Before you panic and think, what the hell is left for one to wear, here’s a quick exercise we both can take part in. Let’s stand up, breathe in, breathe out (rolling out a matt and striking the down-dog yoga pose is optional) and ask all of these rule-makers to kiss our backsides.

Do these fashion experts know the kind of office environment you are in and have they personally profiled the people you work with including your CEO and MD? No. So this means, my friend, you are on your own as they have no idea what your work life looks like, therefore cannot possibly suggest a dress that’s right for you. These sorts of advice pages are redundant even before they are written.  Just like those about wedding guest attire.

So what CAN you DO?

Evaluate your situation. Where will your party take place? This can give you some direction. The bowling alley? A grand ballroom? A cocktail bar? Once you find out, google the place and take inspiration from the decor. It seriously works.

Ask around. Oh hi, have you thought what you are wearing, colleague A? Why yes colleague B, I am wearing this and that – what about you? Oh, this is fun, let’s discuss ideas over lunch. Cool, it’s on me. See? That was easy. Your co-workers can help and often their advice will be much better than that of field experts simply because they know the rules in your office.

Use common sense. You have a great dress that fits like a dream? So what that it is 10 years old? You have no problems and you shouldn’t be even reading this. A good fitting dress is a timeless find.

And stop being so indecisive. We both know that you KNOW what you want to wear and don’t really need any “insider” advice. If it looks good, feels good, just wear it. Over-thinking it kills the fun.

Happy Christmas office parties, folks!

Edita wears | Boyfriend Jeans & Always Coca Cola

Edita in Ralph Lauren top, Swarovski necklace ASOS denim, Zara jacket and Gino Ventori shoes 2Edita in Ralph Lauren top, Swarovski necklace ASOS denim, Zara jacket and Gino Ventori shoes 4Edita in Ralph Lauren top, Swarovski necklace ASOS denim, Zara jacket and Gino Ventori shoes 3Edita in Ralph Lauren top, Swarovski necklace ASOS denim, Zara jacket and Gino Ventori shoes 1Edita in Ralph Lauren top, Swarovski necklace ASOS denim, Zara jacket and Gino Ventori shoes 5Edita in Ralph Lauren top, Swarovski necklace ASOS denim, Zara jacket and Gino Ventori shoes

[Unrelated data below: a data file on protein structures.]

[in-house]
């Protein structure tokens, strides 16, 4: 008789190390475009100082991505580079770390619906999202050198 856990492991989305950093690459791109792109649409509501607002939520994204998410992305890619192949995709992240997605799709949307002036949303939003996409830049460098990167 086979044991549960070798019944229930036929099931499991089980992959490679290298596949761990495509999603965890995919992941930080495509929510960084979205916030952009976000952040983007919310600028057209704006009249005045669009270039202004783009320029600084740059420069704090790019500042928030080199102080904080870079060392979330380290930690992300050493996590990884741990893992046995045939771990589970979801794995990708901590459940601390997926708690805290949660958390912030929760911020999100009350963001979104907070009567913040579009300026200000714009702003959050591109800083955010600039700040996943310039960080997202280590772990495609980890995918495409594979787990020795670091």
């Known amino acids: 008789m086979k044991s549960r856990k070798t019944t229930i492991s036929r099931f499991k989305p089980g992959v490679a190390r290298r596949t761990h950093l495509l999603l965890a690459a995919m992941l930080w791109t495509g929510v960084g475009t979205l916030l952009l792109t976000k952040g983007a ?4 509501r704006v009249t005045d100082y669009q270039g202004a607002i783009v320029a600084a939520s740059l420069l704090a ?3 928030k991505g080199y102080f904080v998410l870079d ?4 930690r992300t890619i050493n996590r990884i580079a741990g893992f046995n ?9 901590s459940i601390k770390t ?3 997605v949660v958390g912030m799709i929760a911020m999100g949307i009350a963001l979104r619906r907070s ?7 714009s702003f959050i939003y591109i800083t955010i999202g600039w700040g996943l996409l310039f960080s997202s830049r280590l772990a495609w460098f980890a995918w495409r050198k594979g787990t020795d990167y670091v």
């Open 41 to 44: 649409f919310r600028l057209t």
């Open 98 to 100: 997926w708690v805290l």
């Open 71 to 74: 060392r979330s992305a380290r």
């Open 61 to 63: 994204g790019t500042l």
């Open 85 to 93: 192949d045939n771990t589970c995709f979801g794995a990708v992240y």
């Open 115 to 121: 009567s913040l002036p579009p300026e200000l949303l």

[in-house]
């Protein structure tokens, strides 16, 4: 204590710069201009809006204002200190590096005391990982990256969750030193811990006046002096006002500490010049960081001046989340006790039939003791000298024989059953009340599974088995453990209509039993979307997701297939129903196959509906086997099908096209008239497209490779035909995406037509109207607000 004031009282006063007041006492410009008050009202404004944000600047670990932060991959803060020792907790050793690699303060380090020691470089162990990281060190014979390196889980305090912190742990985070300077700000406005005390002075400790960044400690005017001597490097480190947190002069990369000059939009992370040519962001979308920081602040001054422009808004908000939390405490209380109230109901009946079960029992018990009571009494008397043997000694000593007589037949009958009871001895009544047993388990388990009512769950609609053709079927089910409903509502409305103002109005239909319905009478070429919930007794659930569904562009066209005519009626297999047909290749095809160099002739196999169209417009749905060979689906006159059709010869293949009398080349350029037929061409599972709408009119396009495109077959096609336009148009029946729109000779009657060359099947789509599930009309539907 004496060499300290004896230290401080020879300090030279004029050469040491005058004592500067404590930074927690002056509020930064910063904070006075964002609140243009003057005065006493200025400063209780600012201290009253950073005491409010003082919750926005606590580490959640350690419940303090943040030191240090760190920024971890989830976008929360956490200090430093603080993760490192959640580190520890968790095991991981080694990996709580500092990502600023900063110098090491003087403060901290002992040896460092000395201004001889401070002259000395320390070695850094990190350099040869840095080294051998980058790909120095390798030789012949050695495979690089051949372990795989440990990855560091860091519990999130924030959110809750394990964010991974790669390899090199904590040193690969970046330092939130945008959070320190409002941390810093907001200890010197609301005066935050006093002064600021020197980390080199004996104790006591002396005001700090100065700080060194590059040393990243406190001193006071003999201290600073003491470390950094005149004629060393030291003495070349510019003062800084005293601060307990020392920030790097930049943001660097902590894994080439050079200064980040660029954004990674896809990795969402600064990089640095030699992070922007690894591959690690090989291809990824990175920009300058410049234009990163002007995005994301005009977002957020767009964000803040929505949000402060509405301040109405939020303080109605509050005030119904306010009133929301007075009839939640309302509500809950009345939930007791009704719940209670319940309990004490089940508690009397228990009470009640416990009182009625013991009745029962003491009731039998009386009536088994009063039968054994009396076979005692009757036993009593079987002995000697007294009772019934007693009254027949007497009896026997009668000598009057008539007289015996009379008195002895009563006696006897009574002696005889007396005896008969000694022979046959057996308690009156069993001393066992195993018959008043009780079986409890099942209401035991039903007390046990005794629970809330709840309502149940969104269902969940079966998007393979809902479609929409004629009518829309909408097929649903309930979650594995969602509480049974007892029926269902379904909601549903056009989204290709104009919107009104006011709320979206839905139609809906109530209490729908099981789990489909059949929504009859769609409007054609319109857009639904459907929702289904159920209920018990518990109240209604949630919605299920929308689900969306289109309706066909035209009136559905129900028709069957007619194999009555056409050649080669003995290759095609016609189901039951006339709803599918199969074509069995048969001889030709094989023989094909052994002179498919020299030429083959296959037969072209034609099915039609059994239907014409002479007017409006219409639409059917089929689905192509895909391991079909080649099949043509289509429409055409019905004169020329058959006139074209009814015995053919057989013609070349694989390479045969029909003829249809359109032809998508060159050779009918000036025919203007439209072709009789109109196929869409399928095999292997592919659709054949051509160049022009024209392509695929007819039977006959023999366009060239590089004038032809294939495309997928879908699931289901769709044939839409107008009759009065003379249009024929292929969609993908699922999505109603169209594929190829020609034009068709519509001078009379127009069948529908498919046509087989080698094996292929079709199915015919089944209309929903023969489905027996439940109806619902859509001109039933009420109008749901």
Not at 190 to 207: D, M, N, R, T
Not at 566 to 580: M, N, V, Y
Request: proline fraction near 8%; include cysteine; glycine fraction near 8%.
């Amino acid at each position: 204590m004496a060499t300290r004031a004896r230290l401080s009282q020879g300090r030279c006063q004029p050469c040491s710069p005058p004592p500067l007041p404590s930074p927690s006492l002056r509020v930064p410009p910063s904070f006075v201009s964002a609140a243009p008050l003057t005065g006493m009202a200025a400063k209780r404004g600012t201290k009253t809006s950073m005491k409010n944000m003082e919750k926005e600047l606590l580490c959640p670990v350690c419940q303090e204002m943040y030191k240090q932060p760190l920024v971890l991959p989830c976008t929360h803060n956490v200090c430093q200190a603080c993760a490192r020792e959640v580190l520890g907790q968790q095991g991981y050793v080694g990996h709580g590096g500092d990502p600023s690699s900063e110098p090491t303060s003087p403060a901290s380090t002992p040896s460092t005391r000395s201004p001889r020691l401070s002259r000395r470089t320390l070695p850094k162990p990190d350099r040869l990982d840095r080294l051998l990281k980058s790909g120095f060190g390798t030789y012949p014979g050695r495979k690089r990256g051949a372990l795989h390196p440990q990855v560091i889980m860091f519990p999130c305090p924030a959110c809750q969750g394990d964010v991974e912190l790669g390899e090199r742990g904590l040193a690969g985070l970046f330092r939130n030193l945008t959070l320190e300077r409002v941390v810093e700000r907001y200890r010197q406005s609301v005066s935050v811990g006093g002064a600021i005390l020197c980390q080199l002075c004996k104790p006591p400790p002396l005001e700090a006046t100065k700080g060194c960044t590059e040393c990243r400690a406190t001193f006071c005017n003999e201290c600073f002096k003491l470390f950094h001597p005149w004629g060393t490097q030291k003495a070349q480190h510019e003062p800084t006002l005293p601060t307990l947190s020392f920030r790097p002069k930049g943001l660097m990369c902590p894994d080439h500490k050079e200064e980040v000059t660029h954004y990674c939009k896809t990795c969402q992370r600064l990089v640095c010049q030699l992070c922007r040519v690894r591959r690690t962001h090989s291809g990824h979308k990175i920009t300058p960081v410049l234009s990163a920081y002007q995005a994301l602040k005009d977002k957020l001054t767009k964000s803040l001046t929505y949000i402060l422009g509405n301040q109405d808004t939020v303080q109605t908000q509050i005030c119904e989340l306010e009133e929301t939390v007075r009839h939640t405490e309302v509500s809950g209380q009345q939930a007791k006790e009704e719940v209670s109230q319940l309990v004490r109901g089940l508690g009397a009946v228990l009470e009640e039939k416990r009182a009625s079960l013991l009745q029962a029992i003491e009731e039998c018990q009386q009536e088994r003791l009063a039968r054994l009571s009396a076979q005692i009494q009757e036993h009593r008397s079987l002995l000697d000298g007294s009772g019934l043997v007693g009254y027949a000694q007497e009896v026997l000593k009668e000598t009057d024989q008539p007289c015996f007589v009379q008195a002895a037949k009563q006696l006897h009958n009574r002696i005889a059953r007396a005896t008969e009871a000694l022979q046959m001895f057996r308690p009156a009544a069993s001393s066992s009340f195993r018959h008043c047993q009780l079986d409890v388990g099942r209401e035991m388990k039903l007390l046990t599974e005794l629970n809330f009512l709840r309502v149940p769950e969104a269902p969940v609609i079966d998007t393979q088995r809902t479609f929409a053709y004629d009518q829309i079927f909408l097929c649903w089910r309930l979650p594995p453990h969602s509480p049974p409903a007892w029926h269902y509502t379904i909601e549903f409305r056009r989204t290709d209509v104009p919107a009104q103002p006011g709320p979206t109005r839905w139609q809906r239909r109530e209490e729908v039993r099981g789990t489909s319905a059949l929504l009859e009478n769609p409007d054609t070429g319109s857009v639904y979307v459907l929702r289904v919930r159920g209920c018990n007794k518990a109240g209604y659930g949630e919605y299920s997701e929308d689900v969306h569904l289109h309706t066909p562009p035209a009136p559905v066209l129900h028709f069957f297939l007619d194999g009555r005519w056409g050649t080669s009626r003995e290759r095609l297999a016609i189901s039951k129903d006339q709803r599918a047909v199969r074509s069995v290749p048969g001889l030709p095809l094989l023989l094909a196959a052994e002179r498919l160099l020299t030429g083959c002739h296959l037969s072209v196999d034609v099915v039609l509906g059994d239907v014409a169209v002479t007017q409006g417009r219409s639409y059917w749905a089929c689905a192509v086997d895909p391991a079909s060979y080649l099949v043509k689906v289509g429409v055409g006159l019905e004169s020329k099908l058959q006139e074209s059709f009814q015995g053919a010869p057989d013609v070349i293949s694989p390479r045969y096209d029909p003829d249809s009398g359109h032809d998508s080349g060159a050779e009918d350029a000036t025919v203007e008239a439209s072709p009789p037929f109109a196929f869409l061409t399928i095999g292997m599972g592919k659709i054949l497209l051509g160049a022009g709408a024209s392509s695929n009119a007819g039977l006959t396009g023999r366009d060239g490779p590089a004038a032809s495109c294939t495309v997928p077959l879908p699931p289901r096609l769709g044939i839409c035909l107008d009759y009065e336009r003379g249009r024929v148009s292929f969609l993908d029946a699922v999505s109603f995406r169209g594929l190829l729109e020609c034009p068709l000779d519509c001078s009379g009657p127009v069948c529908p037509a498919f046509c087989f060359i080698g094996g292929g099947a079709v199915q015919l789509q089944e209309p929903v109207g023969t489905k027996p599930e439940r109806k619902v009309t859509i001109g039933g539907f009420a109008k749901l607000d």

Top: Ralph Lauren Polo, Denim: ASOS, Jacket: Zara (last seen here), Shoes: Gino Ventori (last seen here), Necklace: Swarovski (last seen here)
Images by Ming Lun Chan
Location: London, UK

Just add coke to an outfit and it automatically has an American feel. That, or a packet of Marlboros. Or a cowboy.

The same goes for red lipstick: without it, the look would be too casual, even scruffy. A touch of red gives it a high maintenance feel despite the wife-beater tank top and the oversized boyfriend jeans.

Ah yes, it’s the little things that girls do and get away with.

Edita wears | Oasis Denim Shirt

Edita in Swarovski necklace, Tommy Hilfiger jeans, Oasis shirtEdita in Swarovski necklace, Tommy Hilfiger jeans, Oasis shirt 1Edita in Swarovski necklace, Tommy Hilfiger jeans, Oasis shirt 5Edita in Swarovski necklace, Tommy Hilfiger jeans, Oasis shirt 2Edita in Swarovski necklace, Tommy Hilfiger jeans, Oasis shirt 3
Necklace: Swarovski (last seen in my hair), Shirt: Oasis, Jeans: Tommy Hilfiger (last seen here), Other Jewellery: Gifts from the boyf and family.
Images: Ming Lun Chan
Location: London, UK

A full on denim outfit can go two ways: you may be mistaken for a clueless weirdo, or a true fashion insider, capable of pulling off bin bags, let alone a double denim dish.

The truth is that it is absolutely pointless for me to list all the denim dos and don’ts – my don’ts can be another person’s dos and vice versa. All of these depend on body shape, personal aesthetic, height and so forth. But here are a few universal truths which tend to work for every woman:

  • Denim is a boyish fabric altogether – there should be a feminine touch here and there. Peeping lace, feminine jewels will tone down the daredevil nature of the fabric;
  • Choose a style and add a bit of your personality to it. Grunge? Okay. 70s like I did? Sure. 50s? Go on then. But don’t forget that you should stand out not the outfit – I added the Edita touch by wearing elegant evening jewels and unbuttoning the shirt a tad too generously.
  • The best accessory you can add to such an outfit is a confident I-know-what-I-am-doing-you-fool face. No questions asked. If you can’t pull off that face, it might be worth sticking to a single shot of denim. For your own sanity.

Edita wears | The Little White Dress

Edita in Bulgari ringSwarovski necklace in Hair Ballerina BunEdita with Erva Clutch, M&S white dress and Bulgari ringBlue Eye Make UpShuh Shoes

Python clutch bag: Erva, Dress: Marks&Spencer, necklace in hair: Swarovski, ring: Bvlgari, pumps: Shuh
Location: London, UK

I felt that flowers in hair got a bit boring, a bit too hippie-like, a bit too kitsch. Which is why I decided to wear one of my most prized possessions instead – the Swarovski necklace that my father got me for my 18th. This instantly added a sort of princess-like aesthetic to a simple little white dress (LWD).
For eye make up I decided to go for blue and yellow eye shadow, black mascara and high shine powder, all from YSL, a brand the products of which are yet to let me down. This was the first time I wore eye shadow sans eye liner, never thought a day like that would come. It did. Hallelujah.